Finite Element Analysis

    Finite element analysis is a numerical method whereby a complicated geometry can be mathematically modeled by dividing the region of interest into many small "elements." This essentially turns a complicated problem into many simple problems that can be solved by iteration using a computer. FEA software (such as the ANSYS package) is routinely used in many industries to solve a variety of complex thermal problems. Using FEA, it’s possible to properly account for the thermal complexities of metal building envelopes and to develop accurate U-factor estimates. A validated FEA model can be used to investigate many more cases than would be possible with hot box testing alone.

    The FEA model was validated using hot box testing to verify the assumptions involved. In these tests (performed per ASTM Test Method C 976) a representative section of a metal building roof was constructed in an opening between a hot "metering chamber" and a cold "climatic" chamber. Metering section size was 8 feet by 8 feet. Steady temperatures were maintained on both the hot and cold side of the box, and energy flow into the hot side was monitored accurately. The method has proven accurate, but these tests are costly, time consuming, and require considerable skill to produce accurate results, particularly for highly insulated or geometrically complex constructions.

    Thermal Performance of Metal Building Roofs

    The validated finite element model was used to calculate U-factors for a number of metal building wall and roof configurations insulated with traditional faced mineral fiber insulation. Table 1 gives selected results for roofs:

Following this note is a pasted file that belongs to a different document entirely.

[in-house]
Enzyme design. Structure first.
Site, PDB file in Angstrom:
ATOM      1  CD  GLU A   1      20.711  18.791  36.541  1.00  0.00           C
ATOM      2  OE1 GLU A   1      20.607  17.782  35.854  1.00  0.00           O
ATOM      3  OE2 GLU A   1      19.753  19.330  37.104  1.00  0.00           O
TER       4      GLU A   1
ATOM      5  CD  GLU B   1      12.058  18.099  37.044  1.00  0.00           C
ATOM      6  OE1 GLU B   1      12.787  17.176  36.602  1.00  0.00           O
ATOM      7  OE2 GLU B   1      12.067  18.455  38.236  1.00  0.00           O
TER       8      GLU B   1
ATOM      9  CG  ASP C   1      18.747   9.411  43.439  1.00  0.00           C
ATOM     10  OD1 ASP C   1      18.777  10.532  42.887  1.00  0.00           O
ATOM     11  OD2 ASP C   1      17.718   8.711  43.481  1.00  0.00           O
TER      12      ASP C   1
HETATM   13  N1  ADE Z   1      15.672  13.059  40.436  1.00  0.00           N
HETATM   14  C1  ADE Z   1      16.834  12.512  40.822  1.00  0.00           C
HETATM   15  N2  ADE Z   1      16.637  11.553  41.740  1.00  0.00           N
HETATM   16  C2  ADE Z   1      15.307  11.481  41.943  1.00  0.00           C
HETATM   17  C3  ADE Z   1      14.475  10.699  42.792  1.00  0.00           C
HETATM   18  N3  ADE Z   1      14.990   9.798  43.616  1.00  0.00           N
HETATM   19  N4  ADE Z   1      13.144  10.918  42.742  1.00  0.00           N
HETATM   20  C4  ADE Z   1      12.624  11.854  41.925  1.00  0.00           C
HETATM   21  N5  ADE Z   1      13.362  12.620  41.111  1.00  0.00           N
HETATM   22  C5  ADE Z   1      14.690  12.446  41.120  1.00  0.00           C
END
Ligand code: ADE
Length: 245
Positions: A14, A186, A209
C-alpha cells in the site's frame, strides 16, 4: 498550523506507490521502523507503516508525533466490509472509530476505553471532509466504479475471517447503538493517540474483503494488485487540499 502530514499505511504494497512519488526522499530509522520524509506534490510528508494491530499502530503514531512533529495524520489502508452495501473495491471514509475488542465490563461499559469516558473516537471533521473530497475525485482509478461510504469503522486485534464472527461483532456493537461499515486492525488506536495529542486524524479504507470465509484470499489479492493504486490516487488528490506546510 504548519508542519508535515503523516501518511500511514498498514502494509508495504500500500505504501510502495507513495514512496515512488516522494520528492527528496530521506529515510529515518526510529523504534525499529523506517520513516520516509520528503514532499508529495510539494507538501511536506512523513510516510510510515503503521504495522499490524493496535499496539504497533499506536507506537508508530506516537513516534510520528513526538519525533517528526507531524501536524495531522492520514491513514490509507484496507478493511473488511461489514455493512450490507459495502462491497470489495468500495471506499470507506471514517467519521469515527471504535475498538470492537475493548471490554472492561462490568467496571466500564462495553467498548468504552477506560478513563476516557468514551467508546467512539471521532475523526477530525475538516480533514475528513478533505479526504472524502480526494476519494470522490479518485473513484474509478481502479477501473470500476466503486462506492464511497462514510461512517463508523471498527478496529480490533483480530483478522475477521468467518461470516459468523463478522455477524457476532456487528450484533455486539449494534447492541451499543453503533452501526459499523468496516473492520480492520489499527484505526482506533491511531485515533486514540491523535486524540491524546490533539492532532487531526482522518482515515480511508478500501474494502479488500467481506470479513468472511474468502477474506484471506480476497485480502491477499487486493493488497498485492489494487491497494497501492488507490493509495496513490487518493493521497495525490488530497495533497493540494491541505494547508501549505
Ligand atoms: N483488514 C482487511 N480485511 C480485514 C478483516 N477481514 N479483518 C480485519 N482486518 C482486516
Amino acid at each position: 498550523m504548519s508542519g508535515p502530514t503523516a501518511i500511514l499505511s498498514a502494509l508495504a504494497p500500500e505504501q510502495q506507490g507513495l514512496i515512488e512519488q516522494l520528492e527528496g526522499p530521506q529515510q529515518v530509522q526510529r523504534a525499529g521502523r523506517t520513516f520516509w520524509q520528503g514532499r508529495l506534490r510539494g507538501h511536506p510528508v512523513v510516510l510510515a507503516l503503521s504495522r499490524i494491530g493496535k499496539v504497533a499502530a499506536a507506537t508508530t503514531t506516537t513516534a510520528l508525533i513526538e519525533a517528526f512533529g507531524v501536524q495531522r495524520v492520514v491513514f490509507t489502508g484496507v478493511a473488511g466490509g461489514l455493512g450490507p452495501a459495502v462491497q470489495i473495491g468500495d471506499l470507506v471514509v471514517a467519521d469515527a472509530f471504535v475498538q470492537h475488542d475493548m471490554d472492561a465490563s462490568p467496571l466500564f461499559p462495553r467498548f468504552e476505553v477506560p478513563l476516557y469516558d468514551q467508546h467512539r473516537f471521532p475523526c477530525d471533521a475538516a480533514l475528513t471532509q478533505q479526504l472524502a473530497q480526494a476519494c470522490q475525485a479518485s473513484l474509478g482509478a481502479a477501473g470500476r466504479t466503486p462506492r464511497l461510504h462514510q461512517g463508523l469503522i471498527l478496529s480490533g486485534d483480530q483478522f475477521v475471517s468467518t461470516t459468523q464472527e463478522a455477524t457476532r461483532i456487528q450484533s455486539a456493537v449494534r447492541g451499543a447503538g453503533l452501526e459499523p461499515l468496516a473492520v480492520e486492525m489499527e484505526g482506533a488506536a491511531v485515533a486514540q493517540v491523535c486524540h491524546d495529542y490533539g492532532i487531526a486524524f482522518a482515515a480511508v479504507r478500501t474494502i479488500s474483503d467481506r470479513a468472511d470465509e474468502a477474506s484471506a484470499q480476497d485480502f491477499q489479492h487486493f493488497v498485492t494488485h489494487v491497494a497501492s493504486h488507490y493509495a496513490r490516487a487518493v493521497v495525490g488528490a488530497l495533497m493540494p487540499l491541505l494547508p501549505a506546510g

As in any modeling effort, the results will vary depending on the assumptions. Key assumptions that apply to these results follow.

    • faced insulation is NIA 404 certified

    • emittance of facing is 0.9

    • 8 inches tall by 3 inches wide purlin and girts (0.0625 inch steel)

    • 5 foot purlin spacing

    • 0.026 inch roof sheet

    Key assumptions for screw down roofs:

    • #12 steel screws

    • fastener spacing 12 inches o.c.

    • insulation compressed to 1/8 inch between purlin and roof sheet

    Key assumptions for standing seam roofs:

    • 24 inch clip spacing

    • 1/4 inch steel screws with rubber washers

    • insulation compressed to 3/4 inch between purlin and thermal block

    • insulation compressed to 1/8 inch under clips

    • 1 inch by 3 inch extruded polystyrene thermal blocks

    These assumptions were felt to apply to typical metal building roof constructions.


    Table 1 includes a column that gives the percentage reduction in heat flow through the roof compared to the uninsulated case. As we know, insulation systems follow the law of diminishing returns. The first increment of insulation produces the largest return, with additional increments reducing heat flow further, but by smaller amounts. This is clearly shown in the table. Determining the "optimal" insulation level becomes an engineering economics problem, which attempts to balance the incremental installed cost with the incremental dollar savings generated over the life of the project. Standard 90.1 utilizes this approach in setting the U-factor criteria for the various climatic zones.

    For screw down roofs, the compression of the insulation between the purlins and the roof sheet has a major impact on the thermal performance of the system. In addition, metal fasteners are a significant short circuit for heat transfer through the envelope. The FEA model properly accounts for these details. Even with these defects, reductions in heat flow of roughly 90 percent (compared to the uninsulated case) are possible.

    U-Factors Better for Standing Sean Roofs.